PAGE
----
Comparing Fresh and Frozen Embryo Transfer: Which Is More Beneficial?

In the realm of assisted reproductive technology, in vitro fertilization (IVF) stands as a prominent solution. The 39th Annual Meeting of ESHRE shed light on the monumental impact of IVF, with an estimated global count of over 'At least 12 million babies' born since the pioneering IVF birth in 1978. IVF encompasses a series of intricate procedures aimed at addressing infertility, sterility, and genetic concerns related to childbirth. This process involves extracting mature eggs from ovaries, fertilizing them with sperm in a laboratory, and transferring the most promising embryos into the uterine cavity.

Embryo transfer following IVF offers two main pathways:

1) Immediate transfer within the same menstrual cycle (known as fresh embryo transfer)

2) Cryopreservation of embryos followed by thawing and transfer in a subsequent menstrual cycle (referred to as frozen embryo transfer).

In fresh embryo transfer, embryos are implanted into the patient's uterus after a period of external embryo culture (typically 2-5 days). The embryos follow a direct path to development without undergoing the freeze-thaw process.

On the other hand, frozen embryo transfer involves cryopreserving embryos in liquid nitrogen at -196°C for an extended period, spanning months or even years, prior to implantation. The decision to freeze embryos is often based on quality, and this approach provides an avenue for future use. In certain cases, patients with medical conditions unsuitable for fresh transfers may opt for a "freeze all" strategy, preserving viable embryos for subsequent cycles.

Contrasting Fresh and Frozen Embryo Transfer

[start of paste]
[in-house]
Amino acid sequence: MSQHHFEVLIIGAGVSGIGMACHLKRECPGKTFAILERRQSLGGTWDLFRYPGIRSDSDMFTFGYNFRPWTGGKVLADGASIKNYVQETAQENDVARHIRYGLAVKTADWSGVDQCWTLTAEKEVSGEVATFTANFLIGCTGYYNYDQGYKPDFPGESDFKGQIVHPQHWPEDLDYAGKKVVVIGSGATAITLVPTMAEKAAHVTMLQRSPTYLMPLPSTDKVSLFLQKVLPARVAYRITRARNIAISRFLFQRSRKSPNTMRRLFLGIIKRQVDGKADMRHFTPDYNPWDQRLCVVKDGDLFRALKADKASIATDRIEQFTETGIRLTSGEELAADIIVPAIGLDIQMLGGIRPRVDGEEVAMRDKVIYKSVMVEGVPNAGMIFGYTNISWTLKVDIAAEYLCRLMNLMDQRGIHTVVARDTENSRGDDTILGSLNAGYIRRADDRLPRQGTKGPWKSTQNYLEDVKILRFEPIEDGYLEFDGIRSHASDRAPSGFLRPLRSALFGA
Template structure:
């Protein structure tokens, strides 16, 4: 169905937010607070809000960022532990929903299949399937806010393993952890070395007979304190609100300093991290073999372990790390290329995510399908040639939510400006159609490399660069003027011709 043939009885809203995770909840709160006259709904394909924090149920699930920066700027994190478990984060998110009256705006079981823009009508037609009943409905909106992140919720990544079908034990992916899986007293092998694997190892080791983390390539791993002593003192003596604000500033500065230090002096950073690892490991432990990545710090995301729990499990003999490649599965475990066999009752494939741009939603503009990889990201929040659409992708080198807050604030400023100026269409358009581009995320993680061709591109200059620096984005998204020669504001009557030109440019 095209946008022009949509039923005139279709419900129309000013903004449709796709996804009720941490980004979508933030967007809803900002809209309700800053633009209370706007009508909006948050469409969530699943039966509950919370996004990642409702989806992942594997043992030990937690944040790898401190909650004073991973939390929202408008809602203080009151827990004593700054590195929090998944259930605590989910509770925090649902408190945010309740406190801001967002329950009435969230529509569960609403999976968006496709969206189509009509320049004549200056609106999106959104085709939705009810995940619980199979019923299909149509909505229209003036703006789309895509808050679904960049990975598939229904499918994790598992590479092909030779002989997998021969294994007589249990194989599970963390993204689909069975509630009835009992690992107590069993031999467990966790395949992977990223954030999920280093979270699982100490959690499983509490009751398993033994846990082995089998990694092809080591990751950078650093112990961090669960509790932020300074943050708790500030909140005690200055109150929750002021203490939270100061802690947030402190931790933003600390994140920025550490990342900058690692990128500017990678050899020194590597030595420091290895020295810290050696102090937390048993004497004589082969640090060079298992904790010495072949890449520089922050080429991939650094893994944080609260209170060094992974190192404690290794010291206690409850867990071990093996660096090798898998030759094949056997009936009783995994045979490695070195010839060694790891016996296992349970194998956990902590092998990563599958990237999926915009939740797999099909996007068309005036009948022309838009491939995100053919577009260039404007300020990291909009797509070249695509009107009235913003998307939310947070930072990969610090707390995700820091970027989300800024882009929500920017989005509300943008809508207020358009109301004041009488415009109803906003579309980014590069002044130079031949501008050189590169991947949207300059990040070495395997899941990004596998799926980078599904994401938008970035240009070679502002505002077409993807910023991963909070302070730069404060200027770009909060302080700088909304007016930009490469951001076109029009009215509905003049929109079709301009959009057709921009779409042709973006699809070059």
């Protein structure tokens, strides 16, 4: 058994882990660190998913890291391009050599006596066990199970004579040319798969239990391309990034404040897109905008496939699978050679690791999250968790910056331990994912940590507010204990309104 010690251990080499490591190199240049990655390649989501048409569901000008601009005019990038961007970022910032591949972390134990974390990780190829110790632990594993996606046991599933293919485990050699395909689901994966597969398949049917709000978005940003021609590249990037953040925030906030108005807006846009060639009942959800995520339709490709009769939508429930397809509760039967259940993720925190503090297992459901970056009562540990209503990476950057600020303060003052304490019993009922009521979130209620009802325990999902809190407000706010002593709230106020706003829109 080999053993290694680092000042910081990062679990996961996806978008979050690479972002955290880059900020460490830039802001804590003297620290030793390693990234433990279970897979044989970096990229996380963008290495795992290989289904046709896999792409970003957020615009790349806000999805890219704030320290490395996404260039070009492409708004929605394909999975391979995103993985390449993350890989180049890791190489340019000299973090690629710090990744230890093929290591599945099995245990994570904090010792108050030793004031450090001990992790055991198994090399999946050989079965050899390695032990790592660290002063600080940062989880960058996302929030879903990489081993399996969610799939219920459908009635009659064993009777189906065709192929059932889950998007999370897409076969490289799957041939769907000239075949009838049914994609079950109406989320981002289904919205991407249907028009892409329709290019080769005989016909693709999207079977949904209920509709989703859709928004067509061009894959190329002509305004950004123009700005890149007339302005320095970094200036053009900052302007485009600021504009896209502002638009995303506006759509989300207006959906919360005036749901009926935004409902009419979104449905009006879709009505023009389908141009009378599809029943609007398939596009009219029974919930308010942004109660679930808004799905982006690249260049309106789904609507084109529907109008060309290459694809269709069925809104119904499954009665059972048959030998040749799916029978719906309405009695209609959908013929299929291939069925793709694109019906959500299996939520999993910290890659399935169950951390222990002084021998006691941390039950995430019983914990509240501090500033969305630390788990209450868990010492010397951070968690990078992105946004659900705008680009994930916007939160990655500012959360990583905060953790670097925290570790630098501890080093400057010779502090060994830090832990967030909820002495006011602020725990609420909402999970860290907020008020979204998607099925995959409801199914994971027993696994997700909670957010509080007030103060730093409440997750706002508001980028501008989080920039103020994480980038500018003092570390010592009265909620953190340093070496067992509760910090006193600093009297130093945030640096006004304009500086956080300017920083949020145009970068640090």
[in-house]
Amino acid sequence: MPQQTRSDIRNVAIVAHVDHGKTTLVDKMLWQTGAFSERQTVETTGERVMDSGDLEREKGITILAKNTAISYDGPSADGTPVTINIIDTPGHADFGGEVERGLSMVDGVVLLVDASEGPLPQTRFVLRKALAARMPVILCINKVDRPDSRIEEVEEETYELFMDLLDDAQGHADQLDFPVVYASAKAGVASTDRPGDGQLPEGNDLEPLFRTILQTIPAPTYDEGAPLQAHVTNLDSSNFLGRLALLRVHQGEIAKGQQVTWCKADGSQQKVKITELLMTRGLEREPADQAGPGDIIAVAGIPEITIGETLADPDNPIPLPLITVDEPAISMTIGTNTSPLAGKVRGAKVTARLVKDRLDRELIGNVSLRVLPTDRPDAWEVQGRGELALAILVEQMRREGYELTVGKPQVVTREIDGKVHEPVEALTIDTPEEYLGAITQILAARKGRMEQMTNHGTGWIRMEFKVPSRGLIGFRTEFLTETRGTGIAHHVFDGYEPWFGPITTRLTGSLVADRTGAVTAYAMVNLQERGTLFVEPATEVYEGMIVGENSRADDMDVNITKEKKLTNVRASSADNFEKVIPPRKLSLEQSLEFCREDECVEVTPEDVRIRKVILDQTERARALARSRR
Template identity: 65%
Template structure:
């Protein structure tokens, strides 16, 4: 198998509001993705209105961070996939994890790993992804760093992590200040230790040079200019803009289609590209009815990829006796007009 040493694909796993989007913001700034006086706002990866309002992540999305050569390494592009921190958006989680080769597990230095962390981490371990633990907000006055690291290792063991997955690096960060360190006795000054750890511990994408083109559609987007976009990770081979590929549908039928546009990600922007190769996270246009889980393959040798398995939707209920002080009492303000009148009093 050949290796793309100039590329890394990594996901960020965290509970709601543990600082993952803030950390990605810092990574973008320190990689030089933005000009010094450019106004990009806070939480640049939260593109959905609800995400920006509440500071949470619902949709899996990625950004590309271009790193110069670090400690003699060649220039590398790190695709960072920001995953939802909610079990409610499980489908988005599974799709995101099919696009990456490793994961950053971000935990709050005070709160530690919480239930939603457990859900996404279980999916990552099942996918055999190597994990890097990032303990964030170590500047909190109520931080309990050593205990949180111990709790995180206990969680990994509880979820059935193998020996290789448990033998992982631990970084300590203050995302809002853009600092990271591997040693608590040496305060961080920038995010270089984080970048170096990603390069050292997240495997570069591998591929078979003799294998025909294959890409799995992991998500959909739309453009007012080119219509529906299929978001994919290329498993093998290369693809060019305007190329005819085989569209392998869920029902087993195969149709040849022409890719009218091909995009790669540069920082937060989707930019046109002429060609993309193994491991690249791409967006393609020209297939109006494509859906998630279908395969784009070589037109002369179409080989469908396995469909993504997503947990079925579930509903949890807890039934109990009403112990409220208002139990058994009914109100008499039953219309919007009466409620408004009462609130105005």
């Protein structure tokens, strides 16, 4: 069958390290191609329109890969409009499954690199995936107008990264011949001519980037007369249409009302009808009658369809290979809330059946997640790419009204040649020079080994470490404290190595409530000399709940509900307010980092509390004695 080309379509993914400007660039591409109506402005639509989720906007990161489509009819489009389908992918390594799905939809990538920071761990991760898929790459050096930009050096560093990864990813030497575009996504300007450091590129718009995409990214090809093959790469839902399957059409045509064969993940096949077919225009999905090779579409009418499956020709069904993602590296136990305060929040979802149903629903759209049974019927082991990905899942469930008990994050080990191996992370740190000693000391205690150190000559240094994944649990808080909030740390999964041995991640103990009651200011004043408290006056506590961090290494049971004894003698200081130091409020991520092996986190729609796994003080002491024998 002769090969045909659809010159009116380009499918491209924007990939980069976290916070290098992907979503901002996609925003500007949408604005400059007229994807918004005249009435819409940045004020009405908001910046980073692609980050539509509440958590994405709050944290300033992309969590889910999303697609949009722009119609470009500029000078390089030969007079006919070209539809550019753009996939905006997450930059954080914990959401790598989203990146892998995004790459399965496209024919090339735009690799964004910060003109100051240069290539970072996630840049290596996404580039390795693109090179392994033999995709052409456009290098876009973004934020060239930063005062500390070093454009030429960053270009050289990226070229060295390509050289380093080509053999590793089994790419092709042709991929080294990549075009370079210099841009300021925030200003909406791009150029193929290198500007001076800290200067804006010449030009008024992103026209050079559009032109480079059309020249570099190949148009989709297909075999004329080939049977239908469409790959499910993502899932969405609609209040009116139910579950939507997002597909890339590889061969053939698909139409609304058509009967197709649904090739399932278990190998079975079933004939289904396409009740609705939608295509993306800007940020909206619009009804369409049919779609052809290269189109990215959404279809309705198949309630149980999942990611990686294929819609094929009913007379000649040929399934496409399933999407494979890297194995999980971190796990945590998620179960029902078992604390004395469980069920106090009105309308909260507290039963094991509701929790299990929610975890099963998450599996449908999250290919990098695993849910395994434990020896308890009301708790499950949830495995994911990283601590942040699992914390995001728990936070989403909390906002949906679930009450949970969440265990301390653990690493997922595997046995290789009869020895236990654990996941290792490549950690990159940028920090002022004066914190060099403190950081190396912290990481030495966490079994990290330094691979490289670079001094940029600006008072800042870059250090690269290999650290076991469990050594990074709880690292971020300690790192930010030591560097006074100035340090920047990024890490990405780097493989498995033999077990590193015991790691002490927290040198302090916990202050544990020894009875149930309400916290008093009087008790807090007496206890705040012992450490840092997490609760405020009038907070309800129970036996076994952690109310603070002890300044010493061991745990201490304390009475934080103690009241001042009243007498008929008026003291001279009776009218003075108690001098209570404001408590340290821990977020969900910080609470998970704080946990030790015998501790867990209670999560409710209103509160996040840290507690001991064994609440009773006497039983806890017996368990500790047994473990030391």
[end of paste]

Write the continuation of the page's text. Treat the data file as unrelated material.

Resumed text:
Advantages and Drawbacks of Fresh Embryo Transfer

Fresh embryo transfers are typically more cost-effective, making them an attractive option for many patients aiming to conceive. Moreover, a recent meta-analysis in 2021 hinted at the potential for faster pregnancy timelines with fresh embryo transfers (assuming similar cumulative live birth rates), owing to the absence of delays associated with embryo freezing and uterine lining preparation.1 Additionally, fresh embryo transfers are linked to reduced risks of maternal hypertensive disorders, higher birth weights, and large-for-gestational-age babies.

However, a drawback of fresh embryo transfer is the elevated risk of ovarian hyperstimulation syndrome (OHSS), particularly in cases involving patients with polycystic ovaries. Excessive hormone levels stemming from the presence of numerous eggs can impede the receptivity of the uterine lining, rendering fresh transfers unsuitable.1Furthermore, the selection of embryos for transfer occurs without prior genetic testing in this approach.

Advantages and Disadvantages of Frozen Embryo Transfer